The function viewDidLoad() is called when the view has been created and data is ready to be presented to the user.

Now that we better understand the UIViewController let's get to the fun stuff!

Select the Main.storyboard file then select the View Controller from within Interface Builder.

On the top right corner of your Xcode you will see the following icons (make sure they match mine exactly):

Figure 2.3.28 Screenshot 2016-10-23 09.45.47.png

The two blue rings represent the Assistant Editor. This allows you to have a split view with the Storyboard on one side and the View Controller file on the other. Whatever you click on in Interface Builder, the associated code file will load in the Assistant Editor. In our case, we want to edit our View Controller file, so click on the View Controller and it should automatically open the correct file. If for some reason it does not you can manually find the file by clicking the Automatic button at the top of the Assistant Editor and navigating to the appropriate file from within the Manual folder:


After you've followed the directions above, you should be seeing this in Xcode:

Figure 2.3.29 Screenshot 2016-10-23 10.24.39.png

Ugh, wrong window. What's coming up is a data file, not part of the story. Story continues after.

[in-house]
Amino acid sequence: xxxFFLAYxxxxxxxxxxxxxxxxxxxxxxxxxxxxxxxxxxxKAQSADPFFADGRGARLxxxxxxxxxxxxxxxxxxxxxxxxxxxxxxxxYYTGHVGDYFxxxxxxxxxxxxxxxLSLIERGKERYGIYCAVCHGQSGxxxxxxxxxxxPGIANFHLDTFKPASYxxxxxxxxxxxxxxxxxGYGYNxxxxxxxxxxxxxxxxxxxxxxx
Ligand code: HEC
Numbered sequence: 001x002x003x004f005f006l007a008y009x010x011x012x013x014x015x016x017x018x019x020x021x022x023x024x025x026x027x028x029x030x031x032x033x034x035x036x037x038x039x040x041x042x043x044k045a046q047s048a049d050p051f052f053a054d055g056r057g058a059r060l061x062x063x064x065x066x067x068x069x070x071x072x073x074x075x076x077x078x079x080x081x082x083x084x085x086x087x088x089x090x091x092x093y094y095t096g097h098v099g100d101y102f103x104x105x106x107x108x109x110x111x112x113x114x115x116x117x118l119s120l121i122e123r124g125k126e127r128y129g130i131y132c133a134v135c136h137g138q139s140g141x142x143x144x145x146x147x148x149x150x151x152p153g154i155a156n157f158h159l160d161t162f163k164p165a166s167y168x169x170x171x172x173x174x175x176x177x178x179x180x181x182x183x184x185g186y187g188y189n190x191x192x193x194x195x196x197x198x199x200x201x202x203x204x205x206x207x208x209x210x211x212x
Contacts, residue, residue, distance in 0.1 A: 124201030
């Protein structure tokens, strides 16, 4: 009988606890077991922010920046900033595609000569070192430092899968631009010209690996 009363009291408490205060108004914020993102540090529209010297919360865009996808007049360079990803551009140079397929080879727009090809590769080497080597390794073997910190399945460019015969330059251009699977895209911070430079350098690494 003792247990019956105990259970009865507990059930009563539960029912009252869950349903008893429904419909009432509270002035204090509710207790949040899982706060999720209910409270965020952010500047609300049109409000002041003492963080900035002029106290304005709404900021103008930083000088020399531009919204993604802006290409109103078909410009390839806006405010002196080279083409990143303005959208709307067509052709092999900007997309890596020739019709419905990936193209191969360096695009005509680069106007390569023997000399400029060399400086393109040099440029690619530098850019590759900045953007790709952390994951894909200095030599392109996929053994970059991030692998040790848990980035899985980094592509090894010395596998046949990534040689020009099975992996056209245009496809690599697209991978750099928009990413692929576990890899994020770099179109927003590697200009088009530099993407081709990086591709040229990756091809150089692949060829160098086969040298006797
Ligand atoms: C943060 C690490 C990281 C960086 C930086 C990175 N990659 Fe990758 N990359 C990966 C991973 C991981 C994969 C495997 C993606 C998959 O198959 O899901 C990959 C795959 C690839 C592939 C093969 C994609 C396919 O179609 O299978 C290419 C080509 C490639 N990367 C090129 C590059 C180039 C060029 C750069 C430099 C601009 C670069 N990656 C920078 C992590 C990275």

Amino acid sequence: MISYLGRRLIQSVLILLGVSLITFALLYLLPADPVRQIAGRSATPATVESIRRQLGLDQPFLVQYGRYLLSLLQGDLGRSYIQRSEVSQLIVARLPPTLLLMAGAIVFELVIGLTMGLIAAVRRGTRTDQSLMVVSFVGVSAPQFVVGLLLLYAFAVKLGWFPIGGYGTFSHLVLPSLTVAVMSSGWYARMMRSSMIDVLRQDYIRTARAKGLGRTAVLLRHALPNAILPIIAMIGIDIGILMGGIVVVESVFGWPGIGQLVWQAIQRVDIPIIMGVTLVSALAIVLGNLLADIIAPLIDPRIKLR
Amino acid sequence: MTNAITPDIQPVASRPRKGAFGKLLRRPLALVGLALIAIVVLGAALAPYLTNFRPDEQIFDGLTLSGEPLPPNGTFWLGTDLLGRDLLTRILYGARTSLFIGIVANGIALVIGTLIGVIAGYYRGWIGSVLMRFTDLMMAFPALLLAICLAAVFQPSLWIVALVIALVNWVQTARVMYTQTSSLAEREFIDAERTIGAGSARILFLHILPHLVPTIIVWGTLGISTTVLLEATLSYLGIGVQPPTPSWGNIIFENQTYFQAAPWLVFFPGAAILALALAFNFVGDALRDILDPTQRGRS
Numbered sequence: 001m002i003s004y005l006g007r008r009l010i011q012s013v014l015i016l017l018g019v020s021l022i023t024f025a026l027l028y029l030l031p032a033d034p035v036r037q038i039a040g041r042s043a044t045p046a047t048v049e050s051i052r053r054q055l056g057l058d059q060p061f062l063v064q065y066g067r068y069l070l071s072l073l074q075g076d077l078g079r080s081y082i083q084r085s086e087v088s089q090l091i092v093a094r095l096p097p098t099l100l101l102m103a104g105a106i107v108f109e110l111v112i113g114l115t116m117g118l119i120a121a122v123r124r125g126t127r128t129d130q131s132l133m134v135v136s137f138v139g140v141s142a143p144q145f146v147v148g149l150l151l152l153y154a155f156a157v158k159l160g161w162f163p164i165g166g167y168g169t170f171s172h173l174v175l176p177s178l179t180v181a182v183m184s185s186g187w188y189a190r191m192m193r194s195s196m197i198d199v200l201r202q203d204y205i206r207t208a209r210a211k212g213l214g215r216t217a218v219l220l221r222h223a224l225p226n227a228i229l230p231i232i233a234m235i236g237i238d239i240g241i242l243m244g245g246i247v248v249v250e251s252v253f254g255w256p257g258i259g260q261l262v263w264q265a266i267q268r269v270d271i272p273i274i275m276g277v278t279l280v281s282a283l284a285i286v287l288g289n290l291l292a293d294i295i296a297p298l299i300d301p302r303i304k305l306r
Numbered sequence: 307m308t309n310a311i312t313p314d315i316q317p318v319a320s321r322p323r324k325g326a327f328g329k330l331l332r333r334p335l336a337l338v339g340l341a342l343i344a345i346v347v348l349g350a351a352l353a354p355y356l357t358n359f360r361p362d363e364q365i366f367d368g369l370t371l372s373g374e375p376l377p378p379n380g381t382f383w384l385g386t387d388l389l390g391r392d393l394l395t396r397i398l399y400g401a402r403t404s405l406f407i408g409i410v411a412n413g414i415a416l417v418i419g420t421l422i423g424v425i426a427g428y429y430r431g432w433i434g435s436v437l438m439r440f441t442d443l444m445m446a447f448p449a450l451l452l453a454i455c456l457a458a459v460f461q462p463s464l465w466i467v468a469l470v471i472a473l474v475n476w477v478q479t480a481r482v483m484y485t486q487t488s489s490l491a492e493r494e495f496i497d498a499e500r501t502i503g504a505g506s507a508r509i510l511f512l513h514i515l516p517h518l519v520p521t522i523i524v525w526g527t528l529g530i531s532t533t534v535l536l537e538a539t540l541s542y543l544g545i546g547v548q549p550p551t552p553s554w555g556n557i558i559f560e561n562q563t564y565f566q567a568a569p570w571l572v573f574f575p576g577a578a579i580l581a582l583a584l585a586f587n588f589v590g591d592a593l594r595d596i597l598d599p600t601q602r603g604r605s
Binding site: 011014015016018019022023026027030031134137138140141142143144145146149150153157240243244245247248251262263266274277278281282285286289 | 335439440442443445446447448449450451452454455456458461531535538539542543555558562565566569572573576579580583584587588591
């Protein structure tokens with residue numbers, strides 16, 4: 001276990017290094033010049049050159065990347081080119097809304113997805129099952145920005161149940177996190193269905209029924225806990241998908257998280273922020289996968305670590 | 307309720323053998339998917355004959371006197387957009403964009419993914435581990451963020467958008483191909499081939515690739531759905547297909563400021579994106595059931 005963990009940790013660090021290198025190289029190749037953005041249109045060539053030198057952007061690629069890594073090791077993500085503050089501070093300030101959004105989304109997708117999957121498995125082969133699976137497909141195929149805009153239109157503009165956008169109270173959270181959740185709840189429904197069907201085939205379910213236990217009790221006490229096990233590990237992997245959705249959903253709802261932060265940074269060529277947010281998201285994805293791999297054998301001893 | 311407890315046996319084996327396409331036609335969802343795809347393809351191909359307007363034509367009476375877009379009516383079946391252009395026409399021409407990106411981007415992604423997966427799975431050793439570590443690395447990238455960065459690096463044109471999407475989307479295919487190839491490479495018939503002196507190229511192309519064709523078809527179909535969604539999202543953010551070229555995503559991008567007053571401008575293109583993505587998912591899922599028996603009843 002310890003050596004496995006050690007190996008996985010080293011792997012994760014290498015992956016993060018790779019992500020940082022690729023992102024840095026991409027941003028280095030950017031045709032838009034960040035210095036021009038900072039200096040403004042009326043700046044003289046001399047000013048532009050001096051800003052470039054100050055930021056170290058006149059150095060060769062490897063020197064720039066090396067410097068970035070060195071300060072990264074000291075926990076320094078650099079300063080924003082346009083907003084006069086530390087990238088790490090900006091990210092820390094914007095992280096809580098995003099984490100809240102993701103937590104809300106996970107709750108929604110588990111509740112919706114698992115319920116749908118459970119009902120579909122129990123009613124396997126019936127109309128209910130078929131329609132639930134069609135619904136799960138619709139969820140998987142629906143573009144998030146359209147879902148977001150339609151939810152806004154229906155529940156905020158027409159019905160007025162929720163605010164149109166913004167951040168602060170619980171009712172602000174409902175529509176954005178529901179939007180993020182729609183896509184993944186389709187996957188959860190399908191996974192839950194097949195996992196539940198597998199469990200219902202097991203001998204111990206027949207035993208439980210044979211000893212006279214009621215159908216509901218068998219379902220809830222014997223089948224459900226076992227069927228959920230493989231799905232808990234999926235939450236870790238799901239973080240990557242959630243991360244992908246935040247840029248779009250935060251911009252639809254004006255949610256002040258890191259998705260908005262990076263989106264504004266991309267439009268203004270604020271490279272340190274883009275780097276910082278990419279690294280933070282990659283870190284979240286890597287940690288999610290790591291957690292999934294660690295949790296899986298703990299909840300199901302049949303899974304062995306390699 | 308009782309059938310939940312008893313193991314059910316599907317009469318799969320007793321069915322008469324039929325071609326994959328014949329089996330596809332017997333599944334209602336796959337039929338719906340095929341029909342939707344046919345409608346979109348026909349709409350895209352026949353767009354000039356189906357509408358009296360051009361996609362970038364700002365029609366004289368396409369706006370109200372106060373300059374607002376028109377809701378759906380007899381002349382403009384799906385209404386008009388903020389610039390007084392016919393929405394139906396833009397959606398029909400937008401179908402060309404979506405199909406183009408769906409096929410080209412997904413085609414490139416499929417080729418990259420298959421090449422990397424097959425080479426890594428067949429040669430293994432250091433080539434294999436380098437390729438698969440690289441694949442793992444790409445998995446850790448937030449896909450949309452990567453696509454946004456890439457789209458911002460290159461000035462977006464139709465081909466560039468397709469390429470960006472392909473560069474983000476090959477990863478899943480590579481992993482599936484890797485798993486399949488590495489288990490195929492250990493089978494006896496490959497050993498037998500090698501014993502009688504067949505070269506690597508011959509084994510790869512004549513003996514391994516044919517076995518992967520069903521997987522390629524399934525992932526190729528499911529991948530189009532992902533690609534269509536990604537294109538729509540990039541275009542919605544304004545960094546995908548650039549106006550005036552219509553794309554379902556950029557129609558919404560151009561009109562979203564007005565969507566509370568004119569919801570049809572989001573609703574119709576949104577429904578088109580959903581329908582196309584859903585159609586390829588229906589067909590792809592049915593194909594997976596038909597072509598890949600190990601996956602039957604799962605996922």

We need to connect the objects we created in the View layer (UI) to the View Controller. There are a few ways to do this but we are only going to use one method for this tutorial.

Create an @IBOutlet for each object you intend to store data in by adding the following code within the MainVC class like so (Figure 2.3.30):

Figure 2.3.30 Screenshot 2016-10-23 21.15.37.png

Now Ctrl + Click and drag from the enter bill amount TextField to the enterBillTF Outlet and release from the mouse or track pad first (Figure 2.3.31). Make sure to hover over the variable name itself or it will not highlight.

Figure 2.3.31 Screenshot 2016-10-23 20.47.58.png

Do the same for the tip percent label, tip slider, tip amount label and total label.